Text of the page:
This February marks the 100th anniversary of an Ohio State tradition. Since 1915, the chimes have been part of University life, housed in one of the oldest and most unique buildings on campus. WOSU’s Tom Rieland has this profile on the Chimes of Orton Hall…
Mifflin Principal: I Acted Legally
The suspended principal of Mifflin High School who is being fired for the way she handled a sexual assault case says she is being treated unfairly.
Regina Crenshaw met with reporters for the first time Tuesday.
She’s under fire for not immediately calling police last month when a 16-year-old developmentally delayed student reported she was assaulted.
Regina Crenshaw, her attorney at her side, told reporters she is a wife, a mother and grandmother who wants to become a minister. They asserted that Crenshaw, is being treated unfairly for the way the reported sexual assault was handled.
On March 9th a 16-year old girl reported to a Mifflin teacher that at least two boys forced her to perform oral sex in the Columbus high school’s auditorium.
Mifflin High administrators are coming under fire for not calling police immediately. The call came from the girl’s father after he arrived at the school about 30 minutes after the incident.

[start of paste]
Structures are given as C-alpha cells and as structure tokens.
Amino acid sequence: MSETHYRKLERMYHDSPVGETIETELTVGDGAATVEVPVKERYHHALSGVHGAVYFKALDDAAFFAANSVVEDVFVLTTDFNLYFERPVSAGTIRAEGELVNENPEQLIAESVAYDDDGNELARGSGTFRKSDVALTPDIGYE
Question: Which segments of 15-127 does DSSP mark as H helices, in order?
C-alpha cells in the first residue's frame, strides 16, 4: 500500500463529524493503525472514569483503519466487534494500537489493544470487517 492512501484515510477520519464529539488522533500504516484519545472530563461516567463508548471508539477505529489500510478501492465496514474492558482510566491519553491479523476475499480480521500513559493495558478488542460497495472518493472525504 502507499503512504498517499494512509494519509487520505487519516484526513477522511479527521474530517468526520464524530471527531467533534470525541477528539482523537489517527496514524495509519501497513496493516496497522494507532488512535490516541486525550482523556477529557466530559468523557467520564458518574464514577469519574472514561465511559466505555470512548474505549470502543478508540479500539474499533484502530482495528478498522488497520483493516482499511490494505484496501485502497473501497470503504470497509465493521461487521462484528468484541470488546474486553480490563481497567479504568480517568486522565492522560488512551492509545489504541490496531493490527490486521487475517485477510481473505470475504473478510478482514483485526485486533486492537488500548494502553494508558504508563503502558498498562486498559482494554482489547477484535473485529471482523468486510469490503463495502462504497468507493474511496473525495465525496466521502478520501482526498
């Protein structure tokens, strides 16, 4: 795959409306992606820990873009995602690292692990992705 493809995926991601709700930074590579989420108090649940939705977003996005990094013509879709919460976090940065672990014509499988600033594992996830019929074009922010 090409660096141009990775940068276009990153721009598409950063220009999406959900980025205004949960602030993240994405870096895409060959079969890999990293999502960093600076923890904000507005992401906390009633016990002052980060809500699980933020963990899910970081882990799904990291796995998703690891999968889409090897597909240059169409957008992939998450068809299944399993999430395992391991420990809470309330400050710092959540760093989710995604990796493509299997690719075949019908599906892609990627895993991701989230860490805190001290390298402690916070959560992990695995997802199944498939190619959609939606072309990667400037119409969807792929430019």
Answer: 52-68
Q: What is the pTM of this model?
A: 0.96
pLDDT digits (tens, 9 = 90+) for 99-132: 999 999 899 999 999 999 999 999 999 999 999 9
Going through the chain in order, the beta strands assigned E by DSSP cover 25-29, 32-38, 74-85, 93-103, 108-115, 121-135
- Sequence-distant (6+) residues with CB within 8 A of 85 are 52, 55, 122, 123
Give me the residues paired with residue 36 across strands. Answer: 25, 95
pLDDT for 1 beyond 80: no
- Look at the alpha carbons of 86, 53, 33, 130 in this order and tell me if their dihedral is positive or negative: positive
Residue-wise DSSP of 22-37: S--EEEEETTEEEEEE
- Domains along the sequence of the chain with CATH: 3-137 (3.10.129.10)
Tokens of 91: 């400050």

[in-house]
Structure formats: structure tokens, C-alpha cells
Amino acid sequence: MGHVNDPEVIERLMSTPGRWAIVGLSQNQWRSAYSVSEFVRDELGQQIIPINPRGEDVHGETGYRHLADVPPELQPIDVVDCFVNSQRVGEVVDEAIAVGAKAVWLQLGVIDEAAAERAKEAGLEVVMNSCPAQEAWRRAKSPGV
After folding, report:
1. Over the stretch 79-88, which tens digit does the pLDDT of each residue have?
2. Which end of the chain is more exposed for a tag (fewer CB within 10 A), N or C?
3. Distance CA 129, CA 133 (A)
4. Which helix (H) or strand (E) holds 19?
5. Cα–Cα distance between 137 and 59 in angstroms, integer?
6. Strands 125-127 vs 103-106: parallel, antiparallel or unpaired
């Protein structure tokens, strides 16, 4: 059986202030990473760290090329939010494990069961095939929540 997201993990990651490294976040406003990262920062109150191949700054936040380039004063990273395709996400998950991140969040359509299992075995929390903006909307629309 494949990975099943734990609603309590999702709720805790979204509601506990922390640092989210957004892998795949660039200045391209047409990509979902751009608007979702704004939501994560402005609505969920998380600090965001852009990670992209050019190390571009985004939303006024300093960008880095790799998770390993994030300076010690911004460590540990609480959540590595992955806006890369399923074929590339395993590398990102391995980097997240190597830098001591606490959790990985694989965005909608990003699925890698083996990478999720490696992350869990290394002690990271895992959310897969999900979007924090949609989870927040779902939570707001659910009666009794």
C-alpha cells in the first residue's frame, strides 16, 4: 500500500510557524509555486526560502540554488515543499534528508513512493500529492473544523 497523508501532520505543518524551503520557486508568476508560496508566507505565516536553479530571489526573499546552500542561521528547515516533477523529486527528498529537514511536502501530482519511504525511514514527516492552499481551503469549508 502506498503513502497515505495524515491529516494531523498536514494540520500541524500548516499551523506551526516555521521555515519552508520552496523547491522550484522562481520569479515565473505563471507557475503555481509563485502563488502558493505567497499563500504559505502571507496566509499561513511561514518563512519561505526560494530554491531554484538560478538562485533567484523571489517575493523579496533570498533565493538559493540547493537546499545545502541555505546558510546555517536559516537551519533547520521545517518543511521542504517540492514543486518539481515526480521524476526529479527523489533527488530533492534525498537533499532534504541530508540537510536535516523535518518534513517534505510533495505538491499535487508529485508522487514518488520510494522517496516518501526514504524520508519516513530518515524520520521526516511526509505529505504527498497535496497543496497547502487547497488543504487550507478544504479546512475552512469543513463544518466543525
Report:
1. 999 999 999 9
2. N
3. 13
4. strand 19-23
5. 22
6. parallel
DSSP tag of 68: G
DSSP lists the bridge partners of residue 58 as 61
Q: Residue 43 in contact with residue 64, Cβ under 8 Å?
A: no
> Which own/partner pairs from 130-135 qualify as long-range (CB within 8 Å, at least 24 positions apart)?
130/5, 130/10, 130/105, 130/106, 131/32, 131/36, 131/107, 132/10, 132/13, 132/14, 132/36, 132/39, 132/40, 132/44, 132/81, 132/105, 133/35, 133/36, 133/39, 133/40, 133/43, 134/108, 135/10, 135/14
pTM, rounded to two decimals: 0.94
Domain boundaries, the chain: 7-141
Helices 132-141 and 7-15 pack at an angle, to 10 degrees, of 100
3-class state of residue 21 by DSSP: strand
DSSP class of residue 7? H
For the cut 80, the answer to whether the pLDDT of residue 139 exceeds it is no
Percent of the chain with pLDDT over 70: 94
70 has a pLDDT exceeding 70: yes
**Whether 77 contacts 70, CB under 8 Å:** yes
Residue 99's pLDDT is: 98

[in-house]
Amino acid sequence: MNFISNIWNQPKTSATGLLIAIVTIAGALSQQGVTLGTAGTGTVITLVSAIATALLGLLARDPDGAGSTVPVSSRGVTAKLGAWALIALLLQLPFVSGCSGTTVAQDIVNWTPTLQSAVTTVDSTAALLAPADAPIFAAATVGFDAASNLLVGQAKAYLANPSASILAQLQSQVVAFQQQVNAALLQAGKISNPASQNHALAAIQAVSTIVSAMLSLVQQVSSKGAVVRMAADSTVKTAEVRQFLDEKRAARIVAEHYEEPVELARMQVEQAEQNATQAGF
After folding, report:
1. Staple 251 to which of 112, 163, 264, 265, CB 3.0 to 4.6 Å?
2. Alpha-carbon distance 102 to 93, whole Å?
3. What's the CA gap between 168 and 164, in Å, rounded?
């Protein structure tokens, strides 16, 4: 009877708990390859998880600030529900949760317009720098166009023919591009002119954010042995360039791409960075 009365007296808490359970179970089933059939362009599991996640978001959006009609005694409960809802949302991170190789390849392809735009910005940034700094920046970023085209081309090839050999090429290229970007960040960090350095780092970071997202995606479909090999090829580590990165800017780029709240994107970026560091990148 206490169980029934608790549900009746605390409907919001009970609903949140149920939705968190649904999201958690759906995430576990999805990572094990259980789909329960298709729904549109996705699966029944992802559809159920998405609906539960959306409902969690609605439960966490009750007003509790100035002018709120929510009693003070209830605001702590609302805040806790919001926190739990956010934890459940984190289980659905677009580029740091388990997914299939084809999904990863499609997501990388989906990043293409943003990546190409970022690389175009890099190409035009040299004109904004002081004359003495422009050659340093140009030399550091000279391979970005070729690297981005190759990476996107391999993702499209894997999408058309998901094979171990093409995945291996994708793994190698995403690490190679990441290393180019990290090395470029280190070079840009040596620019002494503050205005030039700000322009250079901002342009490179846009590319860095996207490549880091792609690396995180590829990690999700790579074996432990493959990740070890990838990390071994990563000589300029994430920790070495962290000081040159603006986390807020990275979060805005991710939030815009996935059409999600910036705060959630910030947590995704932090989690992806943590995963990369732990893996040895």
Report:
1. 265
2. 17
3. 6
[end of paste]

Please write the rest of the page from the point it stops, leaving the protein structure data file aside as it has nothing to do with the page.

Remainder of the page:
Crenshaw’s attorney, Toki Clark maintains her client followed school district guidelines. She says Crenshaw left a voice mail for the police officer assigned to the school and contacted the districts civilian safety officer. Clark says her client did know there was an allegation of sexual assault until she met with the father and the principal did not call police because the girl’s father already had.
Clark and her client would not say why other school officials did not immediately call police. Nor would they answer questions about why Crenshaw left the school that night without talking with police.
Clark did allege that a top level school district administrator told Crenshaw after a serious fight a month before . to call the district civilian safety office when trouble occurs rather than the police department.
In the weeks after the incident, school administrators have come under fire – accused of trying to cover-up bad news that occurs in the schools.
The father of the victim claims he was told by a Mifflin administrator not to call 9-1-1 because the media could get wind of the story. Other administrators reportedly were told the same thing.
A request for an interview with Schools Superintendent Gene Harris went unanswered. In a written statement, Harris said, The bottom line is what happened should never have happened. There was an allegation of sexual assault and our investigation indicates the appropriate policies, procedures and laws were not followed. Meanwhile, the police and school investigations into the alleged assault continue.
Suspended principal Crenshaw is fighting her termination. Three assistant principals were suspended without pay.
Mike Thompson, WOSU news